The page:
I also have third cousins from the Vatika in Uruguay. These relatives are all descendants of sailors.
Kolmaniatis typical of the Hydriot
Nicholas Kolmaniatis, who would be known most of his life as Nicholas Jorge, killed a man in Hydra during a duel, over an insult to his then-wife, and subsequently went to sea. Prior to that incident, he had served in the Turkish Navy.
Hydriots, known as the finest sailors in the Ottoman Empire, were at that time obligated to turn over an annual levy of sailors for service in the Ottoman fleet.
Kolmaniatis was in some ways typical of the Hydriot of the era — a skilled mariner, trained to arms, naturally combative, and with a nose for commerce.
Although transatlantic voyages were less common for Hydriots and their ships, they nonetheless did make the perilous journey, engaging in the trade of bringing Brazilian coffee and sugar to Europe. Kolmaniatis himself ventured a bit further south, to Argentina.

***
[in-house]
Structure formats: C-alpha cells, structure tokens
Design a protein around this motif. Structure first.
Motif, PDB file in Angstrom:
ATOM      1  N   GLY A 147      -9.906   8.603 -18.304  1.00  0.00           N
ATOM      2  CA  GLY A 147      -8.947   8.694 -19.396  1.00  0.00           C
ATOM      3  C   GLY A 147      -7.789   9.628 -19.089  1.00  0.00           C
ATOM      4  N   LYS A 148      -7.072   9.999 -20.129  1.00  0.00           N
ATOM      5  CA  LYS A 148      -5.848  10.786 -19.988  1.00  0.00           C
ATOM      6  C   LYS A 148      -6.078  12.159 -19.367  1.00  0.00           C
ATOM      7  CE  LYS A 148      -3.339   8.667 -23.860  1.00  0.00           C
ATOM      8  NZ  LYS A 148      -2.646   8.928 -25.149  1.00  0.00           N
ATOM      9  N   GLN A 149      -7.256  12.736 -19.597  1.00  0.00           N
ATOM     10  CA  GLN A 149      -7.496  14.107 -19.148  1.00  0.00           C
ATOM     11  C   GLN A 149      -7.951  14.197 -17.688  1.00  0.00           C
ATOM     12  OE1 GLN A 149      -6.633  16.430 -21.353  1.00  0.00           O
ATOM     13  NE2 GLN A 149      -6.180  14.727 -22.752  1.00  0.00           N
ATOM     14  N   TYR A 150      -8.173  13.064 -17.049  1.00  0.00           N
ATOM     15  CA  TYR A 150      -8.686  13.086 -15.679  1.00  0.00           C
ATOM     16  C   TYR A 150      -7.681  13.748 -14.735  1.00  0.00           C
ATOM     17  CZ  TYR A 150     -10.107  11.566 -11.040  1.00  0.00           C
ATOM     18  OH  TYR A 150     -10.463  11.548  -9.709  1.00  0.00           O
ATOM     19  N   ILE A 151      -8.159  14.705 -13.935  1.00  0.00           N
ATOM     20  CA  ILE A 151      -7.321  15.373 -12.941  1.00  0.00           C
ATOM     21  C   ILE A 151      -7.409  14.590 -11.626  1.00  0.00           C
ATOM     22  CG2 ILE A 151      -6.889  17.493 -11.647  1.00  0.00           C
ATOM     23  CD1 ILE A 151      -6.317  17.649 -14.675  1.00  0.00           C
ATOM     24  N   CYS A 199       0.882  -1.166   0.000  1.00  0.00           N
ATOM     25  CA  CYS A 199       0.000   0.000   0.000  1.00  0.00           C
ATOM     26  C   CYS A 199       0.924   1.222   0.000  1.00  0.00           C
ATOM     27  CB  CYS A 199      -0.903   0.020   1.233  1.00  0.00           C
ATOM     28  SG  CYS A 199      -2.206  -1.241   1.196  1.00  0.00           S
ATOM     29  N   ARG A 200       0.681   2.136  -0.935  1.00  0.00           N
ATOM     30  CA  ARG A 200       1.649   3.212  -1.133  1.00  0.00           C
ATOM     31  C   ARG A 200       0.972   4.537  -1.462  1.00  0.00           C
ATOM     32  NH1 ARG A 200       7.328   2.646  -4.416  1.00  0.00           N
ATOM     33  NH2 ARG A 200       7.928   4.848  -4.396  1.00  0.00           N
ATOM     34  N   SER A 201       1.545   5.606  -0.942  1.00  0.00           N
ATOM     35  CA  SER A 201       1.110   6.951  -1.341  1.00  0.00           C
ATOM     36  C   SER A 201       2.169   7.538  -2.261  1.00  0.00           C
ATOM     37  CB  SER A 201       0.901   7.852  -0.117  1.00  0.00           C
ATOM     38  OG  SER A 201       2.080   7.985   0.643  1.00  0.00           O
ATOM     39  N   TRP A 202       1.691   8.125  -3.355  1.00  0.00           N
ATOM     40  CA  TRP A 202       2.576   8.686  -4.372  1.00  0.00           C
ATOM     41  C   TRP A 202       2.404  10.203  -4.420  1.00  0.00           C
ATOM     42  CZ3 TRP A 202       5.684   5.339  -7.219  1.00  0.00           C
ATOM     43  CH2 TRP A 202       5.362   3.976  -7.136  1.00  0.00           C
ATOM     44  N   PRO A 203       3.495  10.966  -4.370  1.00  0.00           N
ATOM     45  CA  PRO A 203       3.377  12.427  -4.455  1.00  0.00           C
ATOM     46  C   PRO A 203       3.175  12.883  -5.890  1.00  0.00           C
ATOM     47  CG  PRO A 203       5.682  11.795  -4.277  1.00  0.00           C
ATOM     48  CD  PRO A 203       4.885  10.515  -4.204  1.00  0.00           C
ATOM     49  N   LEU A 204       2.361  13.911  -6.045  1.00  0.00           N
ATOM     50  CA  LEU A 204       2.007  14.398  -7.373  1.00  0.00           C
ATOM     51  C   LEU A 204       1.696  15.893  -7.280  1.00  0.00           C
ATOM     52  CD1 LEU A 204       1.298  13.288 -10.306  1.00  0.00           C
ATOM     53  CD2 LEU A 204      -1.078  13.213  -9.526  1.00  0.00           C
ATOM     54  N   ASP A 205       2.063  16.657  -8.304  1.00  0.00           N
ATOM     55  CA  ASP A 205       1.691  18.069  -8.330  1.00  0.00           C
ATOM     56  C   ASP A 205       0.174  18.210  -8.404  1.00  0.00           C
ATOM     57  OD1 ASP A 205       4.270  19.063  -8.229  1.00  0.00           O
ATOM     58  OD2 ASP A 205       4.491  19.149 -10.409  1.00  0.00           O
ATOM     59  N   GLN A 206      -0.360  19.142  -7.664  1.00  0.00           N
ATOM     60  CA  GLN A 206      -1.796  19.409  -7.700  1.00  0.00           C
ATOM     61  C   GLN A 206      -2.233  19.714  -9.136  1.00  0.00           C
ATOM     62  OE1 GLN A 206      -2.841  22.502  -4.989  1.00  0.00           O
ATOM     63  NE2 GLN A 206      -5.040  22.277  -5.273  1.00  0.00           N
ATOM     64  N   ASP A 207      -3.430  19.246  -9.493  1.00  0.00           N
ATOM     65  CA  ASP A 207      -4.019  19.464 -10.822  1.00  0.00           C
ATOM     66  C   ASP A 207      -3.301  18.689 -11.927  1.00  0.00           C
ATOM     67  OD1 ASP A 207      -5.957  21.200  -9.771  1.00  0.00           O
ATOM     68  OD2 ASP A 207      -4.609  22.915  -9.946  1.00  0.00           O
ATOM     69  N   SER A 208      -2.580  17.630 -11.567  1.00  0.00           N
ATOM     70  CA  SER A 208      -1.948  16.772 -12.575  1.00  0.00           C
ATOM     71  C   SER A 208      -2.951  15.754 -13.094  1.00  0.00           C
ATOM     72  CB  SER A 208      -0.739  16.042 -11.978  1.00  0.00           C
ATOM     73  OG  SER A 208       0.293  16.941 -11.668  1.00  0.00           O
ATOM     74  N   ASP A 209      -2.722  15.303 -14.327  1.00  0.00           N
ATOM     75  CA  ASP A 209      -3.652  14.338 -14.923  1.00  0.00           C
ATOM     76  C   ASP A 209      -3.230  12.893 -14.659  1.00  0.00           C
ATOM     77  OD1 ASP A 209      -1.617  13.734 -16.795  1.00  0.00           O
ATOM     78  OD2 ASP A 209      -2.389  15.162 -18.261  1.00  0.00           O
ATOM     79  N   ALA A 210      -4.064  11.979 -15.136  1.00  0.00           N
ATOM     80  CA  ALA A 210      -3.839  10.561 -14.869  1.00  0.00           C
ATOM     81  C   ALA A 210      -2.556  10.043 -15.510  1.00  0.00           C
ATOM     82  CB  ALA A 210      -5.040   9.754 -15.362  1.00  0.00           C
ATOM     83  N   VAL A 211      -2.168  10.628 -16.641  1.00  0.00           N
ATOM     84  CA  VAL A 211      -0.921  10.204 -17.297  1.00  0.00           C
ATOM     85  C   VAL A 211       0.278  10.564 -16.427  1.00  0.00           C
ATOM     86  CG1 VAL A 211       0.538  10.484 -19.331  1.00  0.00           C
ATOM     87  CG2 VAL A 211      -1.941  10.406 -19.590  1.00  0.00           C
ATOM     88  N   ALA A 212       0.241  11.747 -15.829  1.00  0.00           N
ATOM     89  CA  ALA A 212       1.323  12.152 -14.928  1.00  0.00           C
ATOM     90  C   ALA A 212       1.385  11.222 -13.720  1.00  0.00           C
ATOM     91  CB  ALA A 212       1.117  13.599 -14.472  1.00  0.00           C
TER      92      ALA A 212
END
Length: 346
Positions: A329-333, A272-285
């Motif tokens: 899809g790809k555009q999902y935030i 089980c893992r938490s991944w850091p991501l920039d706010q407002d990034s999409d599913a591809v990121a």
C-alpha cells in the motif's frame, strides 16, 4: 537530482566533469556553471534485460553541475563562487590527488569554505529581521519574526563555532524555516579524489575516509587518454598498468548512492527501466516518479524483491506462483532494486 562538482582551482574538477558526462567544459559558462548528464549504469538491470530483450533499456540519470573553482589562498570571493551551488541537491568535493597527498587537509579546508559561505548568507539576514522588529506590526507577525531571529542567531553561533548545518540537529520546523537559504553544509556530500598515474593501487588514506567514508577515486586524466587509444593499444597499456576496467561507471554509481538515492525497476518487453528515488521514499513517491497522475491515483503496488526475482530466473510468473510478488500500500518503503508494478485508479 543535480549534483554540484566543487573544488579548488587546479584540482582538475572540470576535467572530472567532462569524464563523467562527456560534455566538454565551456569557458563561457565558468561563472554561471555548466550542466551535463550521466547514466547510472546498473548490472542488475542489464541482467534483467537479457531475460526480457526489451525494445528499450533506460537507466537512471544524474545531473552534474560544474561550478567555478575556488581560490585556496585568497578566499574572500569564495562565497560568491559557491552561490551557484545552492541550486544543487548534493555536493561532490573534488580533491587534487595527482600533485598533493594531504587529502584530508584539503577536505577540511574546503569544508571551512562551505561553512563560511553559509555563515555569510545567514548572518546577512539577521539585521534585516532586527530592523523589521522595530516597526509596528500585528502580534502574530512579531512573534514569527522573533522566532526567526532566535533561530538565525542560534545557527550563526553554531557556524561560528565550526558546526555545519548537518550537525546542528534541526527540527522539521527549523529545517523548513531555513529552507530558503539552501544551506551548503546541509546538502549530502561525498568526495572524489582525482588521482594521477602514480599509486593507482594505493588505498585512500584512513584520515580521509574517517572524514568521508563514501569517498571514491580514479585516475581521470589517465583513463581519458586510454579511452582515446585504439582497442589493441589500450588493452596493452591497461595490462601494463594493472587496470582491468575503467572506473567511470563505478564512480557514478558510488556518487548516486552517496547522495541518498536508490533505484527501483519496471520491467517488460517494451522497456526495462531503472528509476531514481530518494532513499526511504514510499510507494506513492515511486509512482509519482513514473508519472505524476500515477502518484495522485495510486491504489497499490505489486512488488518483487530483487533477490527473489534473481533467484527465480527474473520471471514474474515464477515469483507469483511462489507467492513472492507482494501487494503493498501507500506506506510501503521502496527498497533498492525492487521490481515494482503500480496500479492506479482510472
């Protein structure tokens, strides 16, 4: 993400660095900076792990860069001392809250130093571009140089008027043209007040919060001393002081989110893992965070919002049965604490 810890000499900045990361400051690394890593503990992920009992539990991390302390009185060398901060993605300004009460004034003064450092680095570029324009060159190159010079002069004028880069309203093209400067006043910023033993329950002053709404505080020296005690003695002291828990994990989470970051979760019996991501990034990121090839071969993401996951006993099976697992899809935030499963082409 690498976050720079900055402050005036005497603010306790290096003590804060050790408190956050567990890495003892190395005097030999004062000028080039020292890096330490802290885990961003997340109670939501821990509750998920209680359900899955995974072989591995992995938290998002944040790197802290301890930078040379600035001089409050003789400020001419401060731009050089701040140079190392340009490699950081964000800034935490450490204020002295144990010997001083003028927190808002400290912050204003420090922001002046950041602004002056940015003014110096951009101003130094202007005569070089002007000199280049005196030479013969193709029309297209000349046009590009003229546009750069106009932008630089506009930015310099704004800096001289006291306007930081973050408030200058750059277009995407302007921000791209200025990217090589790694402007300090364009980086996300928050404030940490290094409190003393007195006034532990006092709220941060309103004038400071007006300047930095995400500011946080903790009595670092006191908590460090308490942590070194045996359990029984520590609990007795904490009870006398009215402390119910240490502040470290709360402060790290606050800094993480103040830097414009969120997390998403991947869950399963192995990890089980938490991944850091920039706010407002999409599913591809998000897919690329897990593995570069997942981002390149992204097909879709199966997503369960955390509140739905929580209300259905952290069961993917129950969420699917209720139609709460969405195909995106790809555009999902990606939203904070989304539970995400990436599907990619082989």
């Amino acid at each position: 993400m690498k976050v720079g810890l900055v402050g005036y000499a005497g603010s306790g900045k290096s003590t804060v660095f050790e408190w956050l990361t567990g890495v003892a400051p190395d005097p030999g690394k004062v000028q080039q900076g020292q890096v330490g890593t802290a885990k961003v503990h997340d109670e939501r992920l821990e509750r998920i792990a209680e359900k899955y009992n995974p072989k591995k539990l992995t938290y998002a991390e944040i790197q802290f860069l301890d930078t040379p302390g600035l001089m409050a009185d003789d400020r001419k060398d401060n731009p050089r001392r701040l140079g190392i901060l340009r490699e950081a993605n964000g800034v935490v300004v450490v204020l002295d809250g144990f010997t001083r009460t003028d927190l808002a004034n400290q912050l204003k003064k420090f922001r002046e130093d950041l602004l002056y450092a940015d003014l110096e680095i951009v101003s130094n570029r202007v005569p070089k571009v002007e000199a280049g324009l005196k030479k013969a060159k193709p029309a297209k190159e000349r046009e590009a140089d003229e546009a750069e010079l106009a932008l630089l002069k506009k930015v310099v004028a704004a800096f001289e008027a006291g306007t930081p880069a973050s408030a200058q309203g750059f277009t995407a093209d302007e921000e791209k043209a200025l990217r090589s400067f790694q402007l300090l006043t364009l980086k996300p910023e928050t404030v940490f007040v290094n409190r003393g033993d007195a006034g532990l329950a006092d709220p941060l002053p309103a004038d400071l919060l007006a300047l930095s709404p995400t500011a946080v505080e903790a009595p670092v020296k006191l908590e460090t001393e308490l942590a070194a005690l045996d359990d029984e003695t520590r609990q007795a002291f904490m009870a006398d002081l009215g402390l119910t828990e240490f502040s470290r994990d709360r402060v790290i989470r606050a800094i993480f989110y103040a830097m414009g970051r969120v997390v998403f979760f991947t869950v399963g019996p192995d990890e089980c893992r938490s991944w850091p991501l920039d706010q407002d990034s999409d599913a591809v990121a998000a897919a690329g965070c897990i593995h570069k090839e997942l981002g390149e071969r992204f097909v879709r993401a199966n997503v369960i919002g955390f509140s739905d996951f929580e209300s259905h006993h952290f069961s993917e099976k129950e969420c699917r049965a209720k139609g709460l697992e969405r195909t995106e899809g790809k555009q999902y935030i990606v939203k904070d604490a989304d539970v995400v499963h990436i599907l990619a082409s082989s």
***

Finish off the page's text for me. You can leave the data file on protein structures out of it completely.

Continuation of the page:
At the time, the Spanish possessions in America were in turmoil, with large sections of the population agitating for independence from Spain, which had grown corrupt and feeble. Spain was also at war with Napoleonic France. The American and French revolutions provided further inspiration for the Spanish American colonies to break from colonial rule.
Into this fray sailed a young Hydriot merchant with valuable naval experience. A fellow like this was bound to find his skillset of use. Coming himself from a place that was smarting under foreign rule, Kolmaniatis found that his sympathies clearly lay with the Argentinian revolutionaries.
Greek sailor fought Spanish fleets, becomes a hero in Argentina
Under the name Nicholas Jorge, he fought the Spanish fleets, rising to the rank of Colonel of the Marines (Argentinian ranks are different than in other militaries, and the Hydriots speak of Jorge as an Admiral).
The Greek sailor’s service did not end there; he continued to serve his adopted country, with a regional command, service against the Empire of Brazil, and in the Argentine Civil Wars between federalist and unitary forces. According to Villamayor Revythis, there were Greek sailors on all sides of these conflicts, and it is his mission to try to bring their stories to life.